This exploratory study seeks to identifythe factors that influence the adoption and diffusion of instructional technology at five prominent universities in the UK. The study aims to examine the organisational factors that enable and inhibit organisational adoption and diffusion of innovation.
A qualitative exploratory case approach has been adopted to address the research question. In total, 36 semi‐structured interviews were conducted at five universities in the UK. The five diverse approaches to adoption and diffusion of instructional technology were examined; top‐down, integrated top‐down, bottom‐up, research‐driven and project‐driven approach.
For this research eLearning is conceptualised as innovation situated in the interplay between structure and individual and how this leads to adoption and diffusion. The paper argues that senior management need to acknowledge the need to bridge the gap between “local context” and top‐down strategic change. The findings suggest that there are tensions between “signification of meaning”, “power and dominance” and cultural norms in adoption and diffusion of eLearning.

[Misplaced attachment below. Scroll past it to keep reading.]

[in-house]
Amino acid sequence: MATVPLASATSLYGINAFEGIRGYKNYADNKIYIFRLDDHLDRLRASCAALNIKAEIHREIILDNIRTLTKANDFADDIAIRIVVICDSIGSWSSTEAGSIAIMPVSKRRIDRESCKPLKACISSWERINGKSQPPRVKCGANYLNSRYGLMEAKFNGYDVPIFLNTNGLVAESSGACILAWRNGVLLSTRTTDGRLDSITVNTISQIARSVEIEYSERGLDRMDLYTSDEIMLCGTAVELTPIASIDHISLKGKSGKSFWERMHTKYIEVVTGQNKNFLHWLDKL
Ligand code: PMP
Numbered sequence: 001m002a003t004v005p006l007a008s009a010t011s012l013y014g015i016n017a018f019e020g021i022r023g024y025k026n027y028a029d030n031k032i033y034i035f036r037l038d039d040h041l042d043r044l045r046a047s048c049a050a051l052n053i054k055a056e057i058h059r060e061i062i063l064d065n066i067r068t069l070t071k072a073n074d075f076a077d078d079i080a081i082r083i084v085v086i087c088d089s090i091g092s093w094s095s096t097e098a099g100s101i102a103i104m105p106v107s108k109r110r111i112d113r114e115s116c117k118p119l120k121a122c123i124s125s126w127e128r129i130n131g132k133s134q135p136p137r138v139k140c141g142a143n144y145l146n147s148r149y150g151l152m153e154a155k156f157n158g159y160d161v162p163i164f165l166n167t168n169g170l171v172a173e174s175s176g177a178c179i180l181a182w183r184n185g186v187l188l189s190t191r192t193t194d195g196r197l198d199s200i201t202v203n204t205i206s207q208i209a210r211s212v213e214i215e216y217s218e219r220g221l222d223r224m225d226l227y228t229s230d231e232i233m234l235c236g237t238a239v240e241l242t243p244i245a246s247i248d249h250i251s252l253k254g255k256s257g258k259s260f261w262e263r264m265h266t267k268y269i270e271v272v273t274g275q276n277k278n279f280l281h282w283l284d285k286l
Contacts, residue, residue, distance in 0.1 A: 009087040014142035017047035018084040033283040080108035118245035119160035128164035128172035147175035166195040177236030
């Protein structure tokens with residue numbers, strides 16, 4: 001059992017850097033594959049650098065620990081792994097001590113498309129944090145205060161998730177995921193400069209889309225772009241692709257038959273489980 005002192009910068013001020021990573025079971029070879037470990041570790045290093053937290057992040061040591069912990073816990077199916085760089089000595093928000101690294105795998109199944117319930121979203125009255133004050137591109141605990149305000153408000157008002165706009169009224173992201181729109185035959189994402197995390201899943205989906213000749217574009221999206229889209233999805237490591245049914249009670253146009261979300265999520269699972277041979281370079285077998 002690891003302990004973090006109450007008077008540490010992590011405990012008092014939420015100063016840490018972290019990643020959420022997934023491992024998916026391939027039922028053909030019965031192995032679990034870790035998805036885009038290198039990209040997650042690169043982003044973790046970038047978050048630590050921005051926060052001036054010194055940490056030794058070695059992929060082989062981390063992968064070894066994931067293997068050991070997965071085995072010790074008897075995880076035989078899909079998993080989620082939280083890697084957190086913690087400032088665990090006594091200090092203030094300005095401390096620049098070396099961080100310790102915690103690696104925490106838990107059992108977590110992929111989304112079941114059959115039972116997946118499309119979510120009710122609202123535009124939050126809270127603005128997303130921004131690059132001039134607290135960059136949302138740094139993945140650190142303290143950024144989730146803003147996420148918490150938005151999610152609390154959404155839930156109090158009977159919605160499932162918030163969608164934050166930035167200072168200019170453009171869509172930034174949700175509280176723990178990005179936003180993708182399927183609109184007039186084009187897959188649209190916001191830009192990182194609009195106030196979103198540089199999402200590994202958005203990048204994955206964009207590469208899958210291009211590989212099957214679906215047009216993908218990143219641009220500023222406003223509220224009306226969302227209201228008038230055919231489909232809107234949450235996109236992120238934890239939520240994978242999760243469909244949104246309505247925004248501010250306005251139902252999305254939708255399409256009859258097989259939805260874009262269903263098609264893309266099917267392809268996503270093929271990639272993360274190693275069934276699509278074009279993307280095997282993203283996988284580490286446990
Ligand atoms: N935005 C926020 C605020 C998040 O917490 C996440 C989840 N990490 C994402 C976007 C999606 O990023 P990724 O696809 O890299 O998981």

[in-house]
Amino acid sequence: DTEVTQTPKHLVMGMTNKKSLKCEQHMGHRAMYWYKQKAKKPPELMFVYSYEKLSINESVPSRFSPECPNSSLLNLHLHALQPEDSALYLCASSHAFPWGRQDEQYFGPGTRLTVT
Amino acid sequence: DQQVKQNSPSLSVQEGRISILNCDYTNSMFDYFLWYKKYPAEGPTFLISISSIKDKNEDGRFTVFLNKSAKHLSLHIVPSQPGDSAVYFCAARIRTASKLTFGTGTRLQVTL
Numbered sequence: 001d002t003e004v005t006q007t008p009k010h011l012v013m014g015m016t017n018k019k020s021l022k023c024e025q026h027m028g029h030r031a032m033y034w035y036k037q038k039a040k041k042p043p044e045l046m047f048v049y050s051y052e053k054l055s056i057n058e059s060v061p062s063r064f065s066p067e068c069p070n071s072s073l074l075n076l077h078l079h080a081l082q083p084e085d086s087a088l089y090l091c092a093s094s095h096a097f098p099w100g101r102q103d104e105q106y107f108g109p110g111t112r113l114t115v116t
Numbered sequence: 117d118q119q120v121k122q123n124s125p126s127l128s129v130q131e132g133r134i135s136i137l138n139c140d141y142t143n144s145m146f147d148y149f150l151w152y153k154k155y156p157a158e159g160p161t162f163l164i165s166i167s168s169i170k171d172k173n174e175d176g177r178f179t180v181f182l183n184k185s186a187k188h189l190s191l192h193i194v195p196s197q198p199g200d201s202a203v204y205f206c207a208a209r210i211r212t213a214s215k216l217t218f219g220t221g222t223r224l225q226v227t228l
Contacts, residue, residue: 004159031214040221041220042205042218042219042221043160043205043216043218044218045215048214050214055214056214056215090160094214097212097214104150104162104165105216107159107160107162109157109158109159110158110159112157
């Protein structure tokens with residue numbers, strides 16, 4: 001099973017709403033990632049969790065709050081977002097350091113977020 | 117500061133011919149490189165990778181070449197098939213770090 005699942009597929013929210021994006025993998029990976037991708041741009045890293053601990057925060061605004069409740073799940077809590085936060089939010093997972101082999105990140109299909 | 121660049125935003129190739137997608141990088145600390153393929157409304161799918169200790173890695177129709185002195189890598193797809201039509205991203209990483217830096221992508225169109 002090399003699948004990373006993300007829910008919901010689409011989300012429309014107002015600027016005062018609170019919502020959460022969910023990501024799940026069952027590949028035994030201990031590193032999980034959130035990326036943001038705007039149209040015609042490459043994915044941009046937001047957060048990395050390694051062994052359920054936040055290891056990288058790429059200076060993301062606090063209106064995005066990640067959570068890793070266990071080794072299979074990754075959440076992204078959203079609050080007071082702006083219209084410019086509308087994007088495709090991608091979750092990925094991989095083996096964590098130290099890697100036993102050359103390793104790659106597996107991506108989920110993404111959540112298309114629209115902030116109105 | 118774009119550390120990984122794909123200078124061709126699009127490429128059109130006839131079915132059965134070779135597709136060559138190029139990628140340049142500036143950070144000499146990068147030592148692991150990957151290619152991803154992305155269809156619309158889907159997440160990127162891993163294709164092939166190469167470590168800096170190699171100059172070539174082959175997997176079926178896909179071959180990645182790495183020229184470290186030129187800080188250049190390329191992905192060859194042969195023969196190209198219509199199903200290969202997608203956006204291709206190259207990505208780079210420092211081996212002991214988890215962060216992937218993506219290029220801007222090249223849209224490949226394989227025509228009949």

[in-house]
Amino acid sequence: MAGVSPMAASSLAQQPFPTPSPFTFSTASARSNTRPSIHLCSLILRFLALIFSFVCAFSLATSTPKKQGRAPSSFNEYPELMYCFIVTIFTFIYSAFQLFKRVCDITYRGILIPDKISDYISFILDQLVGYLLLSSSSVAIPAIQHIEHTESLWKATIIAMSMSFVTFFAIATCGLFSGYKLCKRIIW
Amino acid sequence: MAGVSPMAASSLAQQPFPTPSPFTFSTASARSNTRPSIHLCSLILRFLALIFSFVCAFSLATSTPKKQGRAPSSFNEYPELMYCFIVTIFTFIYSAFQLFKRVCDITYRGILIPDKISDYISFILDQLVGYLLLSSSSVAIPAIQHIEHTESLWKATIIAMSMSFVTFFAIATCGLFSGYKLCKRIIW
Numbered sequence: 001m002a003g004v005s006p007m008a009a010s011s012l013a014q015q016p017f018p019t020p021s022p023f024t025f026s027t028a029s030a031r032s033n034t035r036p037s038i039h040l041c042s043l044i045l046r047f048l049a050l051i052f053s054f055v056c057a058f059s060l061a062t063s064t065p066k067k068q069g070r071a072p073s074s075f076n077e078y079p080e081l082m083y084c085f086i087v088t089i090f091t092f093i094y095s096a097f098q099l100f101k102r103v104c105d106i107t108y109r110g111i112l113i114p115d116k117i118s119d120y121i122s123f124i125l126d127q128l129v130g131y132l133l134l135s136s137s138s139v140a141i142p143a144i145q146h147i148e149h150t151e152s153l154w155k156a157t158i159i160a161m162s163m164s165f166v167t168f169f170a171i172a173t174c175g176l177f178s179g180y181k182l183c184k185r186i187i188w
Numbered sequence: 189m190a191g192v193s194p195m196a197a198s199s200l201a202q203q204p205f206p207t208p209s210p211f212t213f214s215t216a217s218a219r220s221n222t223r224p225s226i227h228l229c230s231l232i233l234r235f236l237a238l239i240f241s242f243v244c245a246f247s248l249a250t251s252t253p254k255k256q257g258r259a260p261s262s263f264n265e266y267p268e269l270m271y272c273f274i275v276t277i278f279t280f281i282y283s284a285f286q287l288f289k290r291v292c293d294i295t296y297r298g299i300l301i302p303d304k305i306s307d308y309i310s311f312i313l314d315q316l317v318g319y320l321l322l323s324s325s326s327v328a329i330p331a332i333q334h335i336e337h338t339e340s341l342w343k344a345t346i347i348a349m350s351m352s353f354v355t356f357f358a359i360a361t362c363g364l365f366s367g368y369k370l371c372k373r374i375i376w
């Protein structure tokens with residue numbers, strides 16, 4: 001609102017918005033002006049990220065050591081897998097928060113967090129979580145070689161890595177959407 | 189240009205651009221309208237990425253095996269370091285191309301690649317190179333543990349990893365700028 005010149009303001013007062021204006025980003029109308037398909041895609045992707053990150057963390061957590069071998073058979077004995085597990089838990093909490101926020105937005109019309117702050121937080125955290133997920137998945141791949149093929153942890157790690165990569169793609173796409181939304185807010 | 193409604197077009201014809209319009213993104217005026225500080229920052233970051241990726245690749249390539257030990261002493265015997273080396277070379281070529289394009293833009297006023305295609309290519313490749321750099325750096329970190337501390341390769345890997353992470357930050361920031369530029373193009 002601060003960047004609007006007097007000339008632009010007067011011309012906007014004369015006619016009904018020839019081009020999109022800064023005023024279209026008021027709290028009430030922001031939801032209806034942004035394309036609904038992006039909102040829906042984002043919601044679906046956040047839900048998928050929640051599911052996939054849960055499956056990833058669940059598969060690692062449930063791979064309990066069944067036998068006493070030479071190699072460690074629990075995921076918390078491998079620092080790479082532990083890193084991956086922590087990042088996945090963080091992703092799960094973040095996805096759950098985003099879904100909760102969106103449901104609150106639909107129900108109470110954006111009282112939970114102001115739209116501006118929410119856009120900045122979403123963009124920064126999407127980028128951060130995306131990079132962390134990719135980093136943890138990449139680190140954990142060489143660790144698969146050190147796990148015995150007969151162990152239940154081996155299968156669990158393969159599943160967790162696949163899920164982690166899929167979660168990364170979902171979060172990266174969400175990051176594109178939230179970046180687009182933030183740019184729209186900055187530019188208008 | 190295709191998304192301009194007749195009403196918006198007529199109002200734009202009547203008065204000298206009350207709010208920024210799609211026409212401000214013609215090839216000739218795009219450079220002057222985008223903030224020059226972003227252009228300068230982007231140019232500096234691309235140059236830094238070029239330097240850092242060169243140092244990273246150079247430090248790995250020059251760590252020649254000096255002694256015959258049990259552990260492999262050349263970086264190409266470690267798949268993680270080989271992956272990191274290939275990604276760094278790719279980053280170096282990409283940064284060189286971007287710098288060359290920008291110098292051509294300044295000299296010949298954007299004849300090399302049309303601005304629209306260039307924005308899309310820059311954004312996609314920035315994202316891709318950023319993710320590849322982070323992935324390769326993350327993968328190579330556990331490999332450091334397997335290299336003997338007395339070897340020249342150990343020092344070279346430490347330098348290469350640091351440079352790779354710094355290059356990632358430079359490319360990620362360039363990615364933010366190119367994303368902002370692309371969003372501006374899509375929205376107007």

The implications of the research are significant in understanding the diversity of approaches to the adoption and diffusion of elearning. This provides insight for other universities in successfully managing the application of e‐learning.
Giddens's structuration theory provided a sensitising framework for understanding the dialectical nature of adoption of eLearning within five universities in the UK. The tensions between institutional structures, such as strategies, training, access to technology, technical support and time resources, and levels of adoption can be captured by dialectic of control in Giddens's Theory of Structuration.
Hardaker, G. and Singh, G. (2011), "The adoption and diffusion of eLearning in UK universities: A comparative case study using Giddens's Theory of Structuration", Campus-Wide Information Systems, Vol. 28 No. 4, pp. 221-233. https://doi.org/10.1108/10650741111162707
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